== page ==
If at first you don’t succeed

Good morning Tash Appreciators,

I had not intended to follow up on last week’s TF straight away but I had also not expected the reaction that I received. The people spoke and their answer was:

Tash Friday 11:4:14 3

Here are a few examples of the responses (I have paraphrased in places to take out some of the stronger language):

“Re TF, what you are doing is laudable but nationalism is not something that can be argued dispassionately. It’s a matter of faith. Your average nationalist cannot be shaken from the belief that he is right (he loses his ability to reason when he cedes his individualism to the “nation”). Folk lamenting the lack of debate are missing the point: nationalists cannot debate. They look for arguments supporting their prejudices (same as folk who deny global warming).”

“It’s a disingenuous debate and I’m saddened by your willingness to try to take the politics out of an inherently political debate. There is no independence on offer, stop pretending that there is.”

“I know you are trying to broaden it out but the issue of the day is whether we have an Independent Scotland or not. I don’t think your thing is impartial because it implicitly accepts the premise of Nationalism. You’ve been beaten in the dressing room.”

“This weeks TF is a real self indulgent effort…”

There were other comments too and I’m grateful to everyone who responded.

The point about faith is particularly interesting. In a world that is only able to operate thanks to logarithms and science, faith can be seen as a synonym for irrationality and as something that is unhelpful when it comes to decision-making.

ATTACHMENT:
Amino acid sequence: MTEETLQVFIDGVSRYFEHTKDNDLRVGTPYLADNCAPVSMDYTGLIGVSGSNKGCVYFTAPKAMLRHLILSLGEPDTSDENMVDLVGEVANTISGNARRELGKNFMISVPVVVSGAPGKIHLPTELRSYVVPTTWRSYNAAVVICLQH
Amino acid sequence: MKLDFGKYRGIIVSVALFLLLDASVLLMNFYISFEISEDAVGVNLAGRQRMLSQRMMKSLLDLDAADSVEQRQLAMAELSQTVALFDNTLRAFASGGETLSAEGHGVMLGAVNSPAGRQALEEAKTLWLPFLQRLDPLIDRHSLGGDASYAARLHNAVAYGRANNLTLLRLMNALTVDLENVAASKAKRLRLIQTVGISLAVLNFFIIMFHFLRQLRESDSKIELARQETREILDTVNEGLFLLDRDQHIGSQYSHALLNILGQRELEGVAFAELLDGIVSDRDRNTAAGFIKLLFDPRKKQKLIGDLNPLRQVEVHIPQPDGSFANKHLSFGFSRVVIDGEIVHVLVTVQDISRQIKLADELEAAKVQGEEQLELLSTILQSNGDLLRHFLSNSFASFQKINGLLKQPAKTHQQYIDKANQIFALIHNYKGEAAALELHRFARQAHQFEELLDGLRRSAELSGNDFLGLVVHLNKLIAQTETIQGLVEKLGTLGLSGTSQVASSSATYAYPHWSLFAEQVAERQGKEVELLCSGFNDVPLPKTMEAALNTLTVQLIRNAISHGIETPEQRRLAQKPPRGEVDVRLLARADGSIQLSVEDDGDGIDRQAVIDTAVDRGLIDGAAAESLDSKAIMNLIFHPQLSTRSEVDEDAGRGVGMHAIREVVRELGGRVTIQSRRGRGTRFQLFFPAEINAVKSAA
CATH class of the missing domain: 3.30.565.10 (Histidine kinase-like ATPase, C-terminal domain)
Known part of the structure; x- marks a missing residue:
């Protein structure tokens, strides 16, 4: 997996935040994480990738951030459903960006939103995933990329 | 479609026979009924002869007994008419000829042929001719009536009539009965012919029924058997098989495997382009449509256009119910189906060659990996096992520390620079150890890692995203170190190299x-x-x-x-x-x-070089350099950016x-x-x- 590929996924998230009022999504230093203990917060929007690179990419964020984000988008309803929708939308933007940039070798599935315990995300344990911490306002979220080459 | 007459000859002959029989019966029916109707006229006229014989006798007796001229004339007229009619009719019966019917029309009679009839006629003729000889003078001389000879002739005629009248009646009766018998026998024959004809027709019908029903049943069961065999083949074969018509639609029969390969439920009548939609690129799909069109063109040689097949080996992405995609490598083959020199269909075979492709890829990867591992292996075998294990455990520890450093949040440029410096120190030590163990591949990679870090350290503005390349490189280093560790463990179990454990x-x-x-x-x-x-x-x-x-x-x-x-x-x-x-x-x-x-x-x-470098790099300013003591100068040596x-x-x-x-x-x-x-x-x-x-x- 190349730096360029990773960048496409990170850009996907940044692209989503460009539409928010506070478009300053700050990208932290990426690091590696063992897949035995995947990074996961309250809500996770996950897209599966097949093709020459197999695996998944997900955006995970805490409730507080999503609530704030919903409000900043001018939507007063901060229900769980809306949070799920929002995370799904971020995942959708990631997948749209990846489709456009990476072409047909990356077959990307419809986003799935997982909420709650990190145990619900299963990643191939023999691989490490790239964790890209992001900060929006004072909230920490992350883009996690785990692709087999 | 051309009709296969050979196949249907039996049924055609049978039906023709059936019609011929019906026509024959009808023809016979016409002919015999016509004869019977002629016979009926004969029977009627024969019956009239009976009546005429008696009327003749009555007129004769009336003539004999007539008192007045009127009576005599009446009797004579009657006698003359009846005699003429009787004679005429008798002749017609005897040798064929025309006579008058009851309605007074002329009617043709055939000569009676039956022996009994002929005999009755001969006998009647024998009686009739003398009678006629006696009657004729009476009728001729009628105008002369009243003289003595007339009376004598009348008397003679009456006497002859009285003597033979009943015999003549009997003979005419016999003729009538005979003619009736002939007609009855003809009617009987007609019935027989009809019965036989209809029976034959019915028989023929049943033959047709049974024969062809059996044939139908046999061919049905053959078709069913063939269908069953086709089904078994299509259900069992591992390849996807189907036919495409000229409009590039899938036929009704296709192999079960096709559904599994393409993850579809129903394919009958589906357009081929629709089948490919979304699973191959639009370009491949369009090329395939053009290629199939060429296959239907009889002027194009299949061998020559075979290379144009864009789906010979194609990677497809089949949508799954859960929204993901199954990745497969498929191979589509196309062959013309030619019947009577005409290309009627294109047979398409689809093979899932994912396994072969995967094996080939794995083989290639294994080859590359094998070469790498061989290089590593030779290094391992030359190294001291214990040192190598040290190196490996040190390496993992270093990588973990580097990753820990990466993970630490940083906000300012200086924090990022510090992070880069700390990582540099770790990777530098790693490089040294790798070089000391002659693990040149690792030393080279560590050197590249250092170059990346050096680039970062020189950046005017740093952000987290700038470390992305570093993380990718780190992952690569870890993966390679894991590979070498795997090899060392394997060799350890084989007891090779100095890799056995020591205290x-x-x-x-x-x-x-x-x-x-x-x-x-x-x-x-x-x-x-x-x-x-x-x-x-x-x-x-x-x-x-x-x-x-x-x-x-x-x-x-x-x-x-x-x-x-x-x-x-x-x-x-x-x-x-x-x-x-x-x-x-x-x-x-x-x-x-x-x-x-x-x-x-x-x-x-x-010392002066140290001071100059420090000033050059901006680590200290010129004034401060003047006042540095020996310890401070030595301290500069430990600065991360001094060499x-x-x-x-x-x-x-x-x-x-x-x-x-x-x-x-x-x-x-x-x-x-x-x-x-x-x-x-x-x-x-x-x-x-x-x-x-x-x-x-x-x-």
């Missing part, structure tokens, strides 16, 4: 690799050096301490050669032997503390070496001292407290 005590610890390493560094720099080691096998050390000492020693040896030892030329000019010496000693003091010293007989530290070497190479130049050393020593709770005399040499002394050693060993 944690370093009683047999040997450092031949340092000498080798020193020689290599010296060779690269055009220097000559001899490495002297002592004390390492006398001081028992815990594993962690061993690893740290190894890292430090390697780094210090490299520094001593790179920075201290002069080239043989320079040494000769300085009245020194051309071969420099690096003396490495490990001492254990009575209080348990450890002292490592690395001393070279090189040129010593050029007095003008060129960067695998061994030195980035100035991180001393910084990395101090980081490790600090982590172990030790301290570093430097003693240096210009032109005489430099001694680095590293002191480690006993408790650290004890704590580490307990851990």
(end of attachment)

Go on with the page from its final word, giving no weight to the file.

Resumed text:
I can see the merits in that point of view, but if our lives were ruled by logic, would it not be a terribly lonely and uneventful place? Would we risk heartbreak by entering into relationships with people who, at least at first, are strangers? Would we have children? Also, to what extent do we base our “logic” on notions that we don’t fully understand? For example, how many of us use modes of transport that rely on the internal combustion engine or aerodynamics without really knowing how or why they work? How many of us understand how and why modern medicine operates? These are all things I don’t understand but in which, I suppose, I have faith.

It’s also not accurate to say that only a “yes” vote is based on faith. A “no” vote will also involve faith; just a different kind. I also don’t accept that we can’t have a conversation which involves faith. I think that we need to tailor the way we talk to each other in order to take into account where folk are coming from.

To conclude, I don’t think that we should go into the voting booths on 18 September and make a decision based on faith alone. After all, we wouldn’t get on a plane if it’s wings looked a bit rickety and we wouldn’t take medical advice from a doctor who was drunk. The point I’m trying to make is that faith does have a part to play in the independence discussion.

For the sake of offering all points of view (and to preempt this being thrown in my face), I’ll leave you with a contrary view from this week’s Tash: Friedrich Nietzsche

“Faith: not wanting to know what is true.”

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Have a great weekend folks!

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